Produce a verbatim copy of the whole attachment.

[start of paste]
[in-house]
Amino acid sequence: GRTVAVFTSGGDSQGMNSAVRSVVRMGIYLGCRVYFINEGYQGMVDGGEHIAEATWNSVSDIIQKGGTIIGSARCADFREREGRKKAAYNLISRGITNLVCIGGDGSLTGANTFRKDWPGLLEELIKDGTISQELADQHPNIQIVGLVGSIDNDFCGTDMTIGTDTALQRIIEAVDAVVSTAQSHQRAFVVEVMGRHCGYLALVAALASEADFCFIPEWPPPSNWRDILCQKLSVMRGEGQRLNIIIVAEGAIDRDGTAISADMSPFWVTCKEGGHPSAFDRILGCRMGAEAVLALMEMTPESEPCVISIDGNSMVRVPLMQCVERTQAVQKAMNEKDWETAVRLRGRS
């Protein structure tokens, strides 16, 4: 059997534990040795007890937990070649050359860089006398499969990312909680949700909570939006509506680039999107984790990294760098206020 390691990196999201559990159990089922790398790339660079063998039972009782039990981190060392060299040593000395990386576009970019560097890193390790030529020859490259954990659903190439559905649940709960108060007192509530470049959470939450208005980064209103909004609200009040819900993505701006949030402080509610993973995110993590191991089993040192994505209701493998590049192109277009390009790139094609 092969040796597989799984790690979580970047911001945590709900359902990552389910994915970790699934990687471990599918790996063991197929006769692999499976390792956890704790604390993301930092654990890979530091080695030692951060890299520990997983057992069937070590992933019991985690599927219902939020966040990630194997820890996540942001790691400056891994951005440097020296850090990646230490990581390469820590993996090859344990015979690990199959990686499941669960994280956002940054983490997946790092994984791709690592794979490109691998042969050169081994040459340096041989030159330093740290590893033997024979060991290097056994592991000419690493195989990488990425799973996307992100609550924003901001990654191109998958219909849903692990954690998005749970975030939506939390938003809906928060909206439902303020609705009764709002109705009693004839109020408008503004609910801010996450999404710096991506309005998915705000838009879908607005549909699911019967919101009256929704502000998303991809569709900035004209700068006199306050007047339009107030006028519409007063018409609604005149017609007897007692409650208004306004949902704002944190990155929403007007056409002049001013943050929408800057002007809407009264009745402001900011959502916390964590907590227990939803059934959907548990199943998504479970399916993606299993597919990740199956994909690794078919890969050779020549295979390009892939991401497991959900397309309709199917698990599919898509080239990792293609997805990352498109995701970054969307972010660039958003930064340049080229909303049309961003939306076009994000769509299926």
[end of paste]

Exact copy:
[in-house]
Amino acid sequence: GRTVAVFTSGGDSQGMNSAVRSVVRMGIYLGCRVYFINEGYQGMVDGGEHIAEATWNSVSDIIQKGGTIIGSARCADFREREGRKKAAYNLISRGITNLVCIGGDGSLTGANTFRKDWPGLLEELIKDGTISQELADQHPNIQIVGLVGSIDNDFCGTDMTIGTDTALQRIIEAVDAVVSTAQSHQRAFVVEVMGRHCGYLALVAALASEADFCFIPEWPPPSNWRDILCQKLSVMRGEGQRLNIIIVAEGAIDRDGTAISADMSPFWVTCKEGGHPSAFDRILGCRMGAEAVLALMEMTPESEPCVISIDGNSMVRVPLMQCVERTQAVQKAMNEKDWETAVRLRGRS
């Protein structure tokens, strides 16, 4: 059997534990040795007890937990070649050359860089006398499969990312909680949700909570939006509506680039999107984790990294760098206020 390691990196999201559990159990089922790398790339660079063998039972009782039990981190060392060299040593000395990386576009970019560097890193390790030529020859490259954990659903190439559905649940709960108060007192509530470049959470939450208005980064209103909004609200009040819900993505701006949030402080509610993973995110993590191991089993040192994505209701493998590049192109277009390009790139094609 092969040796597989799984790690979580970047911001945590709900359902990552389910994915970790699934990687471990599918790996063991197929006769692999499976390792956890704790604390993301930092654990890979530091080695030692951060890299520990997983057992069937070590992933019991985690599927219902939020966040990630194997820890996540942001790691400056891994951005440097020296850090990646230490990581390469820590993996090859344990015979690990199959990686499941669960994280956002940054983490997946790092994984791709690592794979490109691998042969050169081994040459340096041989030159330093740290590893033997024979060991290097056994592991000419690493195989990488990425799973996307992100609550924003901001990654191109998958219909849903692990954690998005749970975030939506939390938003809906928060909206439902303020609705009764709002109705009693004839109020408008503004609910801010996450999404710096991506309005998915705000838009879908607005549909699911019967919101009256929704502000998303991809569709900035004209700068006199306050007047339009107030006028519409007063018409609604005149017609007897007692409650208004306004949902704002944190990155929403007007056409002049001013943050929408800057002007809407009264009745402001900011959502916390964590907590227990939803059934959907548990199943998504479970399916993606299993597919990740199956994909690794078919890969050779020549295979390009892939991401497991959900397309309709199917698990599919898509080239990792293609997805990352498109995701970054969307972010660039958003930064340049080229909303049309961003939306076009994000769509299926």